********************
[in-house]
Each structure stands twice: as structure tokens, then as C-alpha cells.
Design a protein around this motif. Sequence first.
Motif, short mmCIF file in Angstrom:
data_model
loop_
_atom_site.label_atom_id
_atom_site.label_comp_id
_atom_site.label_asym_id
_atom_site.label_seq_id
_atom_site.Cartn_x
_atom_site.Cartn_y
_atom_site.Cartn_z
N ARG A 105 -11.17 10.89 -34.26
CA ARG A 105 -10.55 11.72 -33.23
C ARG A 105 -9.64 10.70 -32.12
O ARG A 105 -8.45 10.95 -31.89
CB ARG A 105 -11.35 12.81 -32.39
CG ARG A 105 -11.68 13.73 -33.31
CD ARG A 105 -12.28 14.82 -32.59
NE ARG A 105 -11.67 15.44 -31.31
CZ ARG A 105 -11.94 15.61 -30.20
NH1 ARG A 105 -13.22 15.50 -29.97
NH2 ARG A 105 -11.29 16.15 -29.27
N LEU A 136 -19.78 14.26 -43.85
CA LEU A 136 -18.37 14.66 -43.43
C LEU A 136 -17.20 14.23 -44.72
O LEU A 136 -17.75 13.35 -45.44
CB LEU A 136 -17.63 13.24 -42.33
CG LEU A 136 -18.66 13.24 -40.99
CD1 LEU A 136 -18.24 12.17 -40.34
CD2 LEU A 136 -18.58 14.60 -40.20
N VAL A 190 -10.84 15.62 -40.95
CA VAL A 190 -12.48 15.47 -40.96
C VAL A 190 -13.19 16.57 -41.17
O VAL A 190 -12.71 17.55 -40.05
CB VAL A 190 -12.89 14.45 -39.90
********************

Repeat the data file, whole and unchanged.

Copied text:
[in-house]
Each structure stands twice: as structure tokens, then as C-alpha cells.
Design a protein around this motif. Sequence first.
Motif, short mmCIF file in Angstrom:
data_model
loop_
_atom_site.label_atom_id
_atom_site.label_comp_id
_atom_site.label_asym_id
_atom_site.label_seq_id
_atom_site.Cartn_x
_atom_site.Cartn_y
_atom_site.Cartn_z
N ARG A 105 -11.17 10.89 -34.26
CA ARG A 105 -10.55 11.72 -33.23
C ARG A 105 -9.64 10.70 -32.12
O ARG A 105 -8.45 10.95 -31.89
CB ARG A 105 -11.35 12.81 -32.39
CG ARG A 105 -11.68 13.73 -33.31
CD ARG A 105 -12.28 14.82 -32.59
NE ARG A 105 -11.67 15.44 -31.31
CZ ARG A 105 -11.94 15.61 -30.20
NH1 ARG A 105 -13.22 15.50 -29.97
NH2 ARG A 105 -11.29 16.15 -29.27
N LEU A 136 -19.78 14.26 -43.85
CA LEU A 136 -18.37 14.66 -43.43
C LEU A 136 -17.20 14.23 -44.72
O LEU A 136 -17.75 13.35 -45.44
CB LEU A 136 -17.63 13.24 -42.33
CG LEU A 136 -18.66 13.24 -40.99
CD1 LEU A 136 -18.24 12.17 -40.34
CD2 LEU A 136 -18.58 14.60 -40.20
N VAL A 190 -10.84 15.62 -40.95
CA VAL A 190 -12.48 15.47 -40.96
C VAL A 190 -13.19 16.57 -41.17
O VAL A 190 -12.71 17.55 -40.05
CB VAL A 190 -12.89 14.45 -39.90